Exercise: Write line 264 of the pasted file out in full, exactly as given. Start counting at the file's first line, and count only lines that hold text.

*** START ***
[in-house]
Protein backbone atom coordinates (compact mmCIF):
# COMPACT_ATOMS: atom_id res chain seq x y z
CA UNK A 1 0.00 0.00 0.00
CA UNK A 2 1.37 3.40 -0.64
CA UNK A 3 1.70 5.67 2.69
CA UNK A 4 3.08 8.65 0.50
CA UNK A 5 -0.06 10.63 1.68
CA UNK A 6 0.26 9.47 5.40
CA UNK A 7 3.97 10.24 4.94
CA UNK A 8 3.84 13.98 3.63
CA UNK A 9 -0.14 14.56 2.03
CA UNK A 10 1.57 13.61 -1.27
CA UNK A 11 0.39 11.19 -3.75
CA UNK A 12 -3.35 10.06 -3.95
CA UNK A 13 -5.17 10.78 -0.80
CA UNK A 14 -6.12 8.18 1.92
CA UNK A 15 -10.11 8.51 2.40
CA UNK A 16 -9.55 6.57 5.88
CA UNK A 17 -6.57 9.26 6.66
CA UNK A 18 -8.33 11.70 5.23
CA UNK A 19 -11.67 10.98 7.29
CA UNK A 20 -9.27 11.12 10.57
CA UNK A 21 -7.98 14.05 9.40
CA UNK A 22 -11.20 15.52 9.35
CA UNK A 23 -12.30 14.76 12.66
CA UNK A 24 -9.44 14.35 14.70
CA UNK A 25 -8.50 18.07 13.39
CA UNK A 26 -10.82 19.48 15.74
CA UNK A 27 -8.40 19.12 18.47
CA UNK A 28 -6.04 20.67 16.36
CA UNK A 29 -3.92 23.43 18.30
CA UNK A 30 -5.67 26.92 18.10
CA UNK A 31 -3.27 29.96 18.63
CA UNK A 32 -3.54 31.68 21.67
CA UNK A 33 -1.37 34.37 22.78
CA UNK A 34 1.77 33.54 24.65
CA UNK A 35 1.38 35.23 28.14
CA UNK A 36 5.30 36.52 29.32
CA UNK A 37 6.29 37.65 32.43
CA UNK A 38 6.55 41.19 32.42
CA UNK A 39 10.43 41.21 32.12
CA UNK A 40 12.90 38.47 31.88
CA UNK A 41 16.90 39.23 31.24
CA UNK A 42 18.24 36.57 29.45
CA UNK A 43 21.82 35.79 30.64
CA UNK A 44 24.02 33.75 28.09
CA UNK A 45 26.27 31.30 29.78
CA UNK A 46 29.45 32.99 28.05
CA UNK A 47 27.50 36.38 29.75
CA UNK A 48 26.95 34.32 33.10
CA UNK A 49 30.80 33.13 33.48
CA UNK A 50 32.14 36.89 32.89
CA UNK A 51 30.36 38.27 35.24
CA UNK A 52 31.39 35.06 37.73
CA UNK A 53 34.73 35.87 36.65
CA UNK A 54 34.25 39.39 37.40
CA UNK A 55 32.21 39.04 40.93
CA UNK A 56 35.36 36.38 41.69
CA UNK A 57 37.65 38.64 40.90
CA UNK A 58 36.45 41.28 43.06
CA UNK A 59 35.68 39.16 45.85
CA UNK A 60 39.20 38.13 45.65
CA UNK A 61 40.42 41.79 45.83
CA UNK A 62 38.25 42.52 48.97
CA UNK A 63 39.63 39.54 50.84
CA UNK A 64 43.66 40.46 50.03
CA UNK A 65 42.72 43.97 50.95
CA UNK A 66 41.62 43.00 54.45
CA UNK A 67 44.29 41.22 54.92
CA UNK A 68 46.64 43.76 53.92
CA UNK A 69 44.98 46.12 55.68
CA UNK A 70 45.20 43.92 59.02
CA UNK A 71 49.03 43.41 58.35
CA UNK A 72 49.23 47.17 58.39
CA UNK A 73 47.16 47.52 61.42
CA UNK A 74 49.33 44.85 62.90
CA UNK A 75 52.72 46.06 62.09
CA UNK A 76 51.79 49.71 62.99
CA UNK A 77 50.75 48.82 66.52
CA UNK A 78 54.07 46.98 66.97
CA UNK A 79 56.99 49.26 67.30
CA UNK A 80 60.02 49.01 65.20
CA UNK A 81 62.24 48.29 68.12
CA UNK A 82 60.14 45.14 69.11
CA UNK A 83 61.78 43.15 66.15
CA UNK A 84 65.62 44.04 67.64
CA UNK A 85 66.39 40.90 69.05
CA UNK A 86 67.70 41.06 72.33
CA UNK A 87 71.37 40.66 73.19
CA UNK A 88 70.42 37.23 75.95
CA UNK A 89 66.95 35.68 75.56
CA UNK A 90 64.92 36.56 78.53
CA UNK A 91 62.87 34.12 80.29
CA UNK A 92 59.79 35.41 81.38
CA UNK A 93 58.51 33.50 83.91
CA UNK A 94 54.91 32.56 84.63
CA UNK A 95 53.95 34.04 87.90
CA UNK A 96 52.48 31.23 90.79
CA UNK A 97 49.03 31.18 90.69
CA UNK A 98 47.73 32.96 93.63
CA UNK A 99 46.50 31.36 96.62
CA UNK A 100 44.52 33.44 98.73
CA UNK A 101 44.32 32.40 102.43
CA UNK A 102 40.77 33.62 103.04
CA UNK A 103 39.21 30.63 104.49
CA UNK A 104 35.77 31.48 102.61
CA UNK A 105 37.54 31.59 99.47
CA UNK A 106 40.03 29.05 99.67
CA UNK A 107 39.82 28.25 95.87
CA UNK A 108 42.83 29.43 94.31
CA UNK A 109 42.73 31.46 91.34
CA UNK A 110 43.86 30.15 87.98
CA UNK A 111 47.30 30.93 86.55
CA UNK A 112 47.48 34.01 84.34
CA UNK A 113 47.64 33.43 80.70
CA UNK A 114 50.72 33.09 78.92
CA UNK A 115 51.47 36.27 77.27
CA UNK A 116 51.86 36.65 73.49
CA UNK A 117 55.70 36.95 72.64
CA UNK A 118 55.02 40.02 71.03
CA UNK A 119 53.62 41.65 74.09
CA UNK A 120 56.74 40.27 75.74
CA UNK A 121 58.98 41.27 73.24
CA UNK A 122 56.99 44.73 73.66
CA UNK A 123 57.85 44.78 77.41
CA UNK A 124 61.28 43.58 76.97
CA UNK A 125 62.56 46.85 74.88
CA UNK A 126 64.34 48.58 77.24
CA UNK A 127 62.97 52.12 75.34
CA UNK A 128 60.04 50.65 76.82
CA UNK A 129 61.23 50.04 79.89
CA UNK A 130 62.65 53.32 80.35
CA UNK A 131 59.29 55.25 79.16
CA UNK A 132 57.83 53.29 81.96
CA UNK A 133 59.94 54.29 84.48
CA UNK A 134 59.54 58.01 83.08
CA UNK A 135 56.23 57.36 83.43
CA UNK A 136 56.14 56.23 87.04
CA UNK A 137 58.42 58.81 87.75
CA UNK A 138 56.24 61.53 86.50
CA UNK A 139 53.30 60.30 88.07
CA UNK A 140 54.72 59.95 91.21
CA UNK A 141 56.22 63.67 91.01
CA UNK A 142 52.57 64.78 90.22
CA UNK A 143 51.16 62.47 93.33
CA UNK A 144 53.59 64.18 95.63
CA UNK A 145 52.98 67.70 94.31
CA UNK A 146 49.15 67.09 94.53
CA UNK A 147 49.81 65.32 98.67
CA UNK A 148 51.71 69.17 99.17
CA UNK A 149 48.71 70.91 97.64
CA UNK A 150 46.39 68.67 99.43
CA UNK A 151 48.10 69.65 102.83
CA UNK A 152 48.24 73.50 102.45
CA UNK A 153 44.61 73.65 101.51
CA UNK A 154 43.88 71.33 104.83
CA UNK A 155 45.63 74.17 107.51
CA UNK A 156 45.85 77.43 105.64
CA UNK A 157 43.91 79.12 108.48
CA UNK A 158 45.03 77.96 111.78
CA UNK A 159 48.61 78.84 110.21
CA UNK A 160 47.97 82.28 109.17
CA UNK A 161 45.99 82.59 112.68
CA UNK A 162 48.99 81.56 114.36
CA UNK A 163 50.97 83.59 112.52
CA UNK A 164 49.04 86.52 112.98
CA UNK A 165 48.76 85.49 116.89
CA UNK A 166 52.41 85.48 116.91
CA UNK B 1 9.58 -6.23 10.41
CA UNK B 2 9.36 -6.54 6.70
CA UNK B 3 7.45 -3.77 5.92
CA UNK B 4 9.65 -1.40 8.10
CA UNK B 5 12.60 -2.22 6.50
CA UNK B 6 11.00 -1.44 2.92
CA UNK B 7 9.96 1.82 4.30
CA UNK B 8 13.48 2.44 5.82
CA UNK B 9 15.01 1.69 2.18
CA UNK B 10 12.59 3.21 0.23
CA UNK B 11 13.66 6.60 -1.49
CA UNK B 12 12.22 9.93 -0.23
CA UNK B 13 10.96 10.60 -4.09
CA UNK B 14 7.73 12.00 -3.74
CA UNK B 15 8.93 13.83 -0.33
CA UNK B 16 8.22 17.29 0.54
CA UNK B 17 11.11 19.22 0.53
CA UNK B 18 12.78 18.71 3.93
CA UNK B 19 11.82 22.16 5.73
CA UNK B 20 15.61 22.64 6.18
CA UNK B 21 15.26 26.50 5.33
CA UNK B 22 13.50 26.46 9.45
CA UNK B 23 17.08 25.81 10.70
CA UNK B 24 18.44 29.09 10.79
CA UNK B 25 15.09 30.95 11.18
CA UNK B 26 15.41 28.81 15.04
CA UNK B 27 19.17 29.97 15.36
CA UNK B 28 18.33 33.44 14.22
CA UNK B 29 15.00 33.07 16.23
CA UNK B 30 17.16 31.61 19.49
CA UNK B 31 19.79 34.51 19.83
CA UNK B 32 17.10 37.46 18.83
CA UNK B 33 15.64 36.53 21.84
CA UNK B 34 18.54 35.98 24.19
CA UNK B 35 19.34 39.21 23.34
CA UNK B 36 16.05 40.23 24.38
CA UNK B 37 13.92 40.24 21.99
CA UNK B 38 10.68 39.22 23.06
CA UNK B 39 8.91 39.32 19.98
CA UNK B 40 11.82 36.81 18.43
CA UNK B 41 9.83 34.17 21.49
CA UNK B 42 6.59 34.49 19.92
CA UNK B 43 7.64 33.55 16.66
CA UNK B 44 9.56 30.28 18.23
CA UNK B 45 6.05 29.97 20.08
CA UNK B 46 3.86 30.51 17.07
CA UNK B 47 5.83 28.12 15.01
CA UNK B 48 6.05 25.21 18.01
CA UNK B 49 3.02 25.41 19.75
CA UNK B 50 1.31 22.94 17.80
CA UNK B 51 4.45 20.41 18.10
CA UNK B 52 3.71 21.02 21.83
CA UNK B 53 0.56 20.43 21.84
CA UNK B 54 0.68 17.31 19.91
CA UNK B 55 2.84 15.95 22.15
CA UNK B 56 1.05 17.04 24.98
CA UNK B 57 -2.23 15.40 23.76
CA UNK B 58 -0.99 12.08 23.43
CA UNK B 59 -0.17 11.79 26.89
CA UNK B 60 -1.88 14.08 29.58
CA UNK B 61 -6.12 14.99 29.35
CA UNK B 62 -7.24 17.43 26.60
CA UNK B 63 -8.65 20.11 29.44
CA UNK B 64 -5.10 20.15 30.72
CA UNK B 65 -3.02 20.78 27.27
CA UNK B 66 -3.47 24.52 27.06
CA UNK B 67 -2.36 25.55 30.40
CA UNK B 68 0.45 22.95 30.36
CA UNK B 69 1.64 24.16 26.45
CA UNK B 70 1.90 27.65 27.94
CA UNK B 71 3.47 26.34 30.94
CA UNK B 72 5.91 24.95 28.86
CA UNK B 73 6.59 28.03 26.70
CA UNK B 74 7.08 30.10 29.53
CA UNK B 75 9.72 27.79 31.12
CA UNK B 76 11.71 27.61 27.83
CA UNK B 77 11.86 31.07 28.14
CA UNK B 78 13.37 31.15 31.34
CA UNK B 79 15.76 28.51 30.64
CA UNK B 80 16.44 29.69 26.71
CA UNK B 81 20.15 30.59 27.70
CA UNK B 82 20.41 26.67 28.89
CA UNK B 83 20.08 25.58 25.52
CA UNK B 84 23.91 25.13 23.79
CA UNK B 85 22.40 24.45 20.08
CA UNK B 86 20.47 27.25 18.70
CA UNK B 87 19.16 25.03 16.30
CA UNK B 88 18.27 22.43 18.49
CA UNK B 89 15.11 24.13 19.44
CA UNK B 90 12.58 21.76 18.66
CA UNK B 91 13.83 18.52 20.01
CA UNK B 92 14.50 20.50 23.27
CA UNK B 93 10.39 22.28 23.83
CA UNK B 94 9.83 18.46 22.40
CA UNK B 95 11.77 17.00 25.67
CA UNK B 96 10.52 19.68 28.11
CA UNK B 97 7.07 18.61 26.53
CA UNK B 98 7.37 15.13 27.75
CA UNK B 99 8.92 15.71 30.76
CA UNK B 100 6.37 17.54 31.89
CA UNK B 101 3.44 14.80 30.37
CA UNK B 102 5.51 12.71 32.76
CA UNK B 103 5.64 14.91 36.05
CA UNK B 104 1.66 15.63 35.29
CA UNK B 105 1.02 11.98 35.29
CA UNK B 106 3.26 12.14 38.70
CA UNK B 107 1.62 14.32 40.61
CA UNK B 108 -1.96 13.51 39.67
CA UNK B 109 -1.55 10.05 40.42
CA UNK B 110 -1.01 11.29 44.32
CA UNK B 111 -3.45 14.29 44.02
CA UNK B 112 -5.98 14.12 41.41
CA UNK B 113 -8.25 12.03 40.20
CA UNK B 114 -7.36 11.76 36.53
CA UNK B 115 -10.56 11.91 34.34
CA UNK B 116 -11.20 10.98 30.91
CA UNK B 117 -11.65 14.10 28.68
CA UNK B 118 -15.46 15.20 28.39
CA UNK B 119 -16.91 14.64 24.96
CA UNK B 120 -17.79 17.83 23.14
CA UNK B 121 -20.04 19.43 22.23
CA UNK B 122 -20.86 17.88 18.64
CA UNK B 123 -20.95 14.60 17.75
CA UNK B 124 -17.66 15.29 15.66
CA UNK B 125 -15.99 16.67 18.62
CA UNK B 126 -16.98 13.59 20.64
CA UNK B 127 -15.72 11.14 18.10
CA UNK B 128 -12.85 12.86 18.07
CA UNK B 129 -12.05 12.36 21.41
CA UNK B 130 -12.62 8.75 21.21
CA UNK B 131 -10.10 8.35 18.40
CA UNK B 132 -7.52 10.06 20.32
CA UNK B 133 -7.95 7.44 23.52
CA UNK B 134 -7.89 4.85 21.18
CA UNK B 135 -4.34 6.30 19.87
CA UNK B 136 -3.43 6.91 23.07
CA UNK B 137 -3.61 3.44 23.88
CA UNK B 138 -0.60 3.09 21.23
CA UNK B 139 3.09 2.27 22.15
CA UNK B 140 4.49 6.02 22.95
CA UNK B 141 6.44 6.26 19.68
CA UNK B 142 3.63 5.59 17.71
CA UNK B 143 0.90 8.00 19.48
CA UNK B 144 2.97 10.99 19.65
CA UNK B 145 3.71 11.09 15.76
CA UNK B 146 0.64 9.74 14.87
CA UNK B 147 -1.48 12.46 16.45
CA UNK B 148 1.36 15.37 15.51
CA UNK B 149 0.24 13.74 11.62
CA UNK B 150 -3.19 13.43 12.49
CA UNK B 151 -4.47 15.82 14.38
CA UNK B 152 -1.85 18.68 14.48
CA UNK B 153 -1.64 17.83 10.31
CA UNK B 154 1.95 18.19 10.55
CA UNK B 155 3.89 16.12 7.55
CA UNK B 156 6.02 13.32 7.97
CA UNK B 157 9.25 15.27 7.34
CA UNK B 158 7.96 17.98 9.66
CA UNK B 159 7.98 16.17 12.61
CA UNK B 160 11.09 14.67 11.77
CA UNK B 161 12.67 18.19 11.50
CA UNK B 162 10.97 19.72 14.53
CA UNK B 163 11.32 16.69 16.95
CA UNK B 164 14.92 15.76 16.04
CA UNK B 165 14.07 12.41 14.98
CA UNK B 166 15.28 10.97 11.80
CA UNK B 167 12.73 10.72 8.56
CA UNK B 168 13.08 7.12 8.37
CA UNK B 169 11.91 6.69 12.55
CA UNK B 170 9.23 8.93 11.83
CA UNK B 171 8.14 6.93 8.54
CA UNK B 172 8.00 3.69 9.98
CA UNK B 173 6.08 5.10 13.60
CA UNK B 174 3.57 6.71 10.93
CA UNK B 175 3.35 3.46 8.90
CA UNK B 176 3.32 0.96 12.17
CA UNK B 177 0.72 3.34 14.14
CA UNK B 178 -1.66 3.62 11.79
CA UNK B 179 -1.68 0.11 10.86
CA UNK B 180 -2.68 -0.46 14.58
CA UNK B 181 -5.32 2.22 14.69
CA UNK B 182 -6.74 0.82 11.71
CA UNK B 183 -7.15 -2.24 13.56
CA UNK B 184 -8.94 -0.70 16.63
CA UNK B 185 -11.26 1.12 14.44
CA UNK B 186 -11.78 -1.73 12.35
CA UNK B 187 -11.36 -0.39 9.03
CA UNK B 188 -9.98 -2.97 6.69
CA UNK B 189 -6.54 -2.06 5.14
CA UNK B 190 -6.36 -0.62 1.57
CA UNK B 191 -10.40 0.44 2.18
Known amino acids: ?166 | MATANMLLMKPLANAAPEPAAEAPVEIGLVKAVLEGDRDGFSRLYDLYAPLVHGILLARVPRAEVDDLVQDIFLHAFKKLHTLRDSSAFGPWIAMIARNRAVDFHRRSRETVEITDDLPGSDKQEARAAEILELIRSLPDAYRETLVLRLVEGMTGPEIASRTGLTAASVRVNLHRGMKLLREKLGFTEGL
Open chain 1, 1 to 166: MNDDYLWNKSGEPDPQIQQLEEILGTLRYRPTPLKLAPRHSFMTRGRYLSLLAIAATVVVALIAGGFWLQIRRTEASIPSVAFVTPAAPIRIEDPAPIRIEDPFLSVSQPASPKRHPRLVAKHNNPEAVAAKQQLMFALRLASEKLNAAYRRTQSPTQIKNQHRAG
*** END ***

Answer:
CA UNK B 95 11.77 17.00 25.67